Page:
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United We Stand

Tue, Apr. 23, 2013 Posted: 01:45 PM


In the wake of the Marathon bombing, the city of Boston has pulled together in a remarkable way. The moment the first bomb went off, courageous people rushed in to help the wounded. Exhausted runners summoned up more strength to run to hospitals to donate blood. Law enforcement officers risked their lives to capture the suspects. Money has poured in to assist the victims in their recovery.

In fact, there has been a worldwide outpouring of support for Boston. Sports rivalries, personal animosity, and even national hostilities have been set aside, at least temporarily, to show solidarity with a grieving city. The spirit of the Marathon itself—the spirit of camaraderie and unity—has carried over into the days following the tragedy.

As I mentioned in my first blog reflecting on the Marathon bombing, we all have a longing to be part of a community. Unfortunately, some look for acceptance and bonding in the wrong places—in a gang or a group of drug buddies or a terrorist cell. But there are many legitimate ways to find community and fellowship—a family, a sports team, a knitting circle, a workplace, a fraternity or sorority, a charitable organization, a professional society, a cultural community, a book club, a bowling league. And God has given us the Body of Christ to satisfy the longing for fellowship that He has planted in us and also to be a lighthouse pointing the way to the Kingdom of love and fellowship that He is establishing.

This week we are studying Philippians 2:1-11 in Bible study, and as I read the passage it struck me that it describes the kind of community we want to be part of. The first part of the passage talks about the qualities we should be developing as we live with one another:

So if there is any encouragement in Christ, any comfort from love, any participation in the Spirit, any affection and sympathy, complete my joy by being of the same mind, having the same love, being in full accord and of one mind. Do nothing from selfish ambition or conceit, but in humility count others more significant than yourselves. Let each of you look not only to his own interests, but also to the interests of others (vv. 1-4).

Can you imagine if we fully put into practice the qualities and actions described here: encouragement, comfort, love, affection, sympathy, joy, unity, love, humility (no selfish ambition or conceit), looking out for others?

Our model is Jesus Himself:

Have this mind among yourselves, which is yours in Christ Jesus, who, though he was in the form of God, did not count equality with God a thing to be grasped, but emptied himself, by taking the form of a servant, being born in the likeness of men. And being found in human form, he humbled himself by becoming obedient to the point of death, even death on a cross (vv. 5-8).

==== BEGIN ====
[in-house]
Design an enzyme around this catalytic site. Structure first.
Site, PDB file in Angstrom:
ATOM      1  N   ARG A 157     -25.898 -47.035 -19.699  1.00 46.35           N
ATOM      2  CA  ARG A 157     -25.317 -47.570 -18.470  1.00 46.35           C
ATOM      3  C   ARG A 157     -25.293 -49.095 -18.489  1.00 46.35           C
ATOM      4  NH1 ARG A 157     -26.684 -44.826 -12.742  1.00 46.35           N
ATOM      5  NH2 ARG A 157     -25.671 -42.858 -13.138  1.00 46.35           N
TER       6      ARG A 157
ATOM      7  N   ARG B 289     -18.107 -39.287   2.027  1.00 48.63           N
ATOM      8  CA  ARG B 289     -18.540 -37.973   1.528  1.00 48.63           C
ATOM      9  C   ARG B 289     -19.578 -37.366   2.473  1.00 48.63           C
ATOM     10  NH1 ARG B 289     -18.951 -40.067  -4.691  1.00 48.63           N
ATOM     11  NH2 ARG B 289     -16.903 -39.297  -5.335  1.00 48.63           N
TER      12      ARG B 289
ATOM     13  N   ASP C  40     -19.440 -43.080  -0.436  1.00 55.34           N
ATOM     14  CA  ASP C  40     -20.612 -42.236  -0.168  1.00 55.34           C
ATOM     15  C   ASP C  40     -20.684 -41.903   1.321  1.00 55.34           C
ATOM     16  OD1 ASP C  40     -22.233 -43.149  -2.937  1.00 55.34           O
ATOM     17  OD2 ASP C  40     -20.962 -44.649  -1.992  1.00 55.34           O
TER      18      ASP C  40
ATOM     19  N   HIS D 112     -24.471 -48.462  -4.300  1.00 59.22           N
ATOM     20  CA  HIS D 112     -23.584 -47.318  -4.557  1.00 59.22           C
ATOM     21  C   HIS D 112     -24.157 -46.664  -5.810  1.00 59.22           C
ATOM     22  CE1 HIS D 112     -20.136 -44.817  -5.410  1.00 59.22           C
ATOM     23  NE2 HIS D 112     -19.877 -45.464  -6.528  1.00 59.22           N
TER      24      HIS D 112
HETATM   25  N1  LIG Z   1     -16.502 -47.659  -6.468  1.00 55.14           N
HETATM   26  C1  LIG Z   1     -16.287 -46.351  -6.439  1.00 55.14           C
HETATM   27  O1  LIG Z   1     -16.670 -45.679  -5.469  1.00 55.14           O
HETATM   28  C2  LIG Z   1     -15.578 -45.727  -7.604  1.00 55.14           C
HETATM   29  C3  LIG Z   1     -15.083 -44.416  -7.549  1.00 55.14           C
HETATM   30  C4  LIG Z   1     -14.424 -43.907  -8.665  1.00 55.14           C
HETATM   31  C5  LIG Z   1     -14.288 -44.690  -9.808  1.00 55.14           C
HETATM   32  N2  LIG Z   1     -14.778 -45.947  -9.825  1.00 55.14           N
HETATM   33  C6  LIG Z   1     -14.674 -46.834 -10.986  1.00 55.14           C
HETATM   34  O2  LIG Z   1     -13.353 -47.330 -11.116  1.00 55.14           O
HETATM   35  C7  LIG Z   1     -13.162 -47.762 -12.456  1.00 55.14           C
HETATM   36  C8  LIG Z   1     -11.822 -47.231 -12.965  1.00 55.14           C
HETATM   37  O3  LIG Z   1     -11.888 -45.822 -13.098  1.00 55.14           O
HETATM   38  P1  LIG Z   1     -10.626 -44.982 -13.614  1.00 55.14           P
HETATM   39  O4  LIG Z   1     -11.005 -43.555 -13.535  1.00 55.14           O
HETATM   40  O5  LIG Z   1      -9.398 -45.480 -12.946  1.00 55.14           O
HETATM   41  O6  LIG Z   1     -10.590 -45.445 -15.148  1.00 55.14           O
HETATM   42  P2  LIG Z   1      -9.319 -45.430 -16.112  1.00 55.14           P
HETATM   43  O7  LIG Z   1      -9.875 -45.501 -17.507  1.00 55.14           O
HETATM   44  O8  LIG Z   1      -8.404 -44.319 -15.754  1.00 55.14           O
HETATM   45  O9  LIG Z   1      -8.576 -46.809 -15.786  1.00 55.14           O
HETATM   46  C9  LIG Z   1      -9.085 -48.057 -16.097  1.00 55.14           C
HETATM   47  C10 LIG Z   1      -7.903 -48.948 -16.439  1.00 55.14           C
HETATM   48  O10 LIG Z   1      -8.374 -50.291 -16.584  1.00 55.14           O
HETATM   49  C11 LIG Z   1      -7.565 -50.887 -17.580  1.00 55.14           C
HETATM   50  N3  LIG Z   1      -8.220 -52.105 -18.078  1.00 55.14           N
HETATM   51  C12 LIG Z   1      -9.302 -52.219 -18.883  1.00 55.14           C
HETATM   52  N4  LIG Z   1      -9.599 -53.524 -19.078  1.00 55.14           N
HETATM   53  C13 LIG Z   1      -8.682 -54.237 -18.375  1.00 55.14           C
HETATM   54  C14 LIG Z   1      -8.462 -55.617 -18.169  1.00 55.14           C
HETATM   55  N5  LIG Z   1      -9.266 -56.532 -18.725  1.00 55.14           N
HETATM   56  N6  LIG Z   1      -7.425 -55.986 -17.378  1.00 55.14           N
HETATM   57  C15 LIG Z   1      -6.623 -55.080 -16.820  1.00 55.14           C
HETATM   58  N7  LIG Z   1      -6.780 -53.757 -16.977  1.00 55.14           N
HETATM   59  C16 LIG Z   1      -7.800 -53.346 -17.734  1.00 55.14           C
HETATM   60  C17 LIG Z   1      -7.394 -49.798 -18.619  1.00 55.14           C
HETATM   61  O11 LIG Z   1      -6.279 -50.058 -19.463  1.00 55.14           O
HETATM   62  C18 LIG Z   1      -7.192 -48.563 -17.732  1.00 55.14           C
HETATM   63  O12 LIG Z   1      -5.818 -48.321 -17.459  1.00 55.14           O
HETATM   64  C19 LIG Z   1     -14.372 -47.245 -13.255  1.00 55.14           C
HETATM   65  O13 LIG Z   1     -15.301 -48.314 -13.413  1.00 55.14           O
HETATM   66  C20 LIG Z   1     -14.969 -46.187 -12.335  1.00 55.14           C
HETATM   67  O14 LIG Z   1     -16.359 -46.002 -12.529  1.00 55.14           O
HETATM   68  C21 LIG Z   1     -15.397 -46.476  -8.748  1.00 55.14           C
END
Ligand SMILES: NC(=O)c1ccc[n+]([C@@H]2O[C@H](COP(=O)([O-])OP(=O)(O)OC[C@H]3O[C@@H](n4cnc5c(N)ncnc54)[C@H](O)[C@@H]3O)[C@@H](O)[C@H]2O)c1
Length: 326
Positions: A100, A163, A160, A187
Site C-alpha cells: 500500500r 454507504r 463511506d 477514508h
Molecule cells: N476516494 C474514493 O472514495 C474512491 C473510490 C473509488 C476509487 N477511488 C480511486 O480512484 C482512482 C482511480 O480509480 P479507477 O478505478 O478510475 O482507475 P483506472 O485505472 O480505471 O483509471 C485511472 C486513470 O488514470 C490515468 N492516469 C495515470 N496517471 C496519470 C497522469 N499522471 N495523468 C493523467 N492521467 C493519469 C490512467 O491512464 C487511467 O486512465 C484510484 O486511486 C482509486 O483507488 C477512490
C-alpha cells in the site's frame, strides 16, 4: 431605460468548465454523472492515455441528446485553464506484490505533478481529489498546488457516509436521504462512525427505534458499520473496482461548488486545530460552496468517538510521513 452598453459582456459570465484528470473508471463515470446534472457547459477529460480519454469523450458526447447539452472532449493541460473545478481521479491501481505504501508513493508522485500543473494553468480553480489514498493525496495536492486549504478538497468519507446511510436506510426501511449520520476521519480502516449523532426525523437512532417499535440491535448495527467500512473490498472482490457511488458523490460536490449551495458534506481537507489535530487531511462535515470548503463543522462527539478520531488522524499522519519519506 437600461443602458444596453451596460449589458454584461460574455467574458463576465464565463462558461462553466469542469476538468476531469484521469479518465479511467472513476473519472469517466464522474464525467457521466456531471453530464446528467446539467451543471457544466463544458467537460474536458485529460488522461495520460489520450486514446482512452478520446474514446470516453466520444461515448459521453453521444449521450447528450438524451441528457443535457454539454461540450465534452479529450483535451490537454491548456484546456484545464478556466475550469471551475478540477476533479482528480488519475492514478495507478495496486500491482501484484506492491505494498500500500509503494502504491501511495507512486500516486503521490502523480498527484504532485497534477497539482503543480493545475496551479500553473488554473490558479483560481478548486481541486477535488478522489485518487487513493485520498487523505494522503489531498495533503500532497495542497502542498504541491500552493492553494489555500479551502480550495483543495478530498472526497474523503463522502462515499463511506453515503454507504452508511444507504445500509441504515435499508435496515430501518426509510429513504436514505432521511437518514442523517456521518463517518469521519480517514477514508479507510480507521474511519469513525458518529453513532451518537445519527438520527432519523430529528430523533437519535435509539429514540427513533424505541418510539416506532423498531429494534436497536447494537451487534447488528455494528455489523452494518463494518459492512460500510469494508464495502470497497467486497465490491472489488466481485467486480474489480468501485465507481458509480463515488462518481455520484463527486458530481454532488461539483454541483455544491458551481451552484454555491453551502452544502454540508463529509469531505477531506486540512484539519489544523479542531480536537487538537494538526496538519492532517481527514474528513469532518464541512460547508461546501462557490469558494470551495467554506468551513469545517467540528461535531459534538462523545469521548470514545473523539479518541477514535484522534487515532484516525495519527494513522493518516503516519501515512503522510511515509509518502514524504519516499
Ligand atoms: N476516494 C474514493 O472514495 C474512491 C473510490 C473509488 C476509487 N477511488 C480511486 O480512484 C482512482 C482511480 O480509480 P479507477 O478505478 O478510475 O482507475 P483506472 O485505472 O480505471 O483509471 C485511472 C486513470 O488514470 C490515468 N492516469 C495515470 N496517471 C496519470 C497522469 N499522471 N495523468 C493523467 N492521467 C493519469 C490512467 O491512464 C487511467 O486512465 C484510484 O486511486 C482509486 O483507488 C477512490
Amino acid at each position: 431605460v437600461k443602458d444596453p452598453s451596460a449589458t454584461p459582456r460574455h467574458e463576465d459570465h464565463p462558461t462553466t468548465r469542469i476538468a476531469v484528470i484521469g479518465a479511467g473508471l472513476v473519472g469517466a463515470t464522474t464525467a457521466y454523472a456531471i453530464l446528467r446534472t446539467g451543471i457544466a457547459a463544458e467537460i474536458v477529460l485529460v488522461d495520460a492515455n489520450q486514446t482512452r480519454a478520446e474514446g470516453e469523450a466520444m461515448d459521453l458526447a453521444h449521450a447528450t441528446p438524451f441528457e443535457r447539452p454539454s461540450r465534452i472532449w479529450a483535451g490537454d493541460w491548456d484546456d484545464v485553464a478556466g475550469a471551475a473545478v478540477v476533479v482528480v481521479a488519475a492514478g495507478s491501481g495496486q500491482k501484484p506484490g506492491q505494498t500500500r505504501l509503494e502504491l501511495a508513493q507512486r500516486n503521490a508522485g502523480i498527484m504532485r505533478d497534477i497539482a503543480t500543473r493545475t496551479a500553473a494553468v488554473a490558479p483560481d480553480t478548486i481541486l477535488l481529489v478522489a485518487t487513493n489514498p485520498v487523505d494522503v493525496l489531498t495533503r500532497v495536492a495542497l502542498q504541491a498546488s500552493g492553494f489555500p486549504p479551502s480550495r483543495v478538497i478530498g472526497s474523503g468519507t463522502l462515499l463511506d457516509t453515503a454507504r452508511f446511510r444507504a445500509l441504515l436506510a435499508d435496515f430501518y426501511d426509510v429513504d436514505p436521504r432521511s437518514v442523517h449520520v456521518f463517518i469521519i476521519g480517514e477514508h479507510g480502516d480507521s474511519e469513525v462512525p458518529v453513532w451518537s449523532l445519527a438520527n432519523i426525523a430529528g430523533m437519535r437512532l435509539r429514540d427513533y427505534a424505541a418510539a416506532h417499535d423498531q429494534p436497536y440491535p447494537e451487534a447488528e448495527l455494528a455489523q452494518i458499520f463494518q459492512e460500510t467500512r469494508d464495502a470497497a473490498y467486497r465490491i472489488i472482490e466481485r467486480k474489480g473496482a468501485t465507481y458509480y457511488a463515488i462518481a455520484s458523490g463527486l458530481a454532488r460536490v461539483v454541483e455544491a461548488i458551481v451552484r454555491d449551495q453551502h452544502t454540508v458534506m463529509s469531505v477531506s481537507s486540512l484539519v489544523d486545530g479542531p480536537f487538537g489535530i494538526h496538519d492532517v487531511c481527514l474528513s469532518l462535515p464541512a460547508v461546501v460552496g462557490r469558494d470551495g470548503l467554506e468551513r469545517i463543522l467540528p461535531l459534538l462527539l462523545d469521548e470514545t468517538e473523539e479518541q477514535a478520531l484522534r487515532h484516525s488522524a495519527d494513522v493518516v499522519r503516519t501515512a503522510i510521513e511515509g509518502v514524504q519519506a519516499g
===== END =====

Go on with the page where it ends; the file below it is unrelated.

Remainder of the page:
He is the embodiment of humility and sacrifice. He is equal with God the Father, but He gave up everything to come to earth as a servant and even to die for us.

And the final result will be that He is exalted above all and will draw us into full communion with Him:

Therefore God has highly exalted him and bestowed on him the name that is above every name, so that at the name of Jesus every knee should bow, in heaven and on earth and under the earth, and every tongue confess that Jesus Christ is Lord, to the glory of God the Father (vv. 9-11).

As Paul says in Ephesians 1, God’s purpose for the fullness of time is to unite all things in Christ (vv. 9-10). Philippians 2 tells us how to live in the meantime—how to live out our faith and live into the unity that will one day be a complete reality.

In time, life in Boston will go back to what is more normal: ordinary violence will keep happening, neighbors will fight with each other again, and the Yankees will go back to hating the Red Sox. But we have the promise that God will one day fully bring in His Kingdom of love, justice, unity, and peace. If you know Jesus Christ, you have this hope in you, and you want to live it out in your daily life, with Jesus as your model. As John says,

See what kind of love the Father has given to us, that we should be called children of God; and so we are. The reason why the world does not know us is that it did not know him. Beloved, we are God’s children now, and what we will be has not yet appeared; but we know that when he appears we shall be like him, because we shall see him as he is. And everyone who thus hopes in him purifies himself as he is pure (1 Jn. 3:1-3).

If you don’t know Him but you feel a stirring in your heart to want to be part of this kind of community, come to Him. Please forgive us Christians for failing so often to practice the kind of love and humility we are called to as followers of Jesus Christ—as John says, we are not yet what we should be! But one day God’s Kingdom of peace will be a full reality, and in the meantime we can get a foretaste of it by living out our calling as children of God and lights in the world (Phil. 2:15).

 

Diane Castro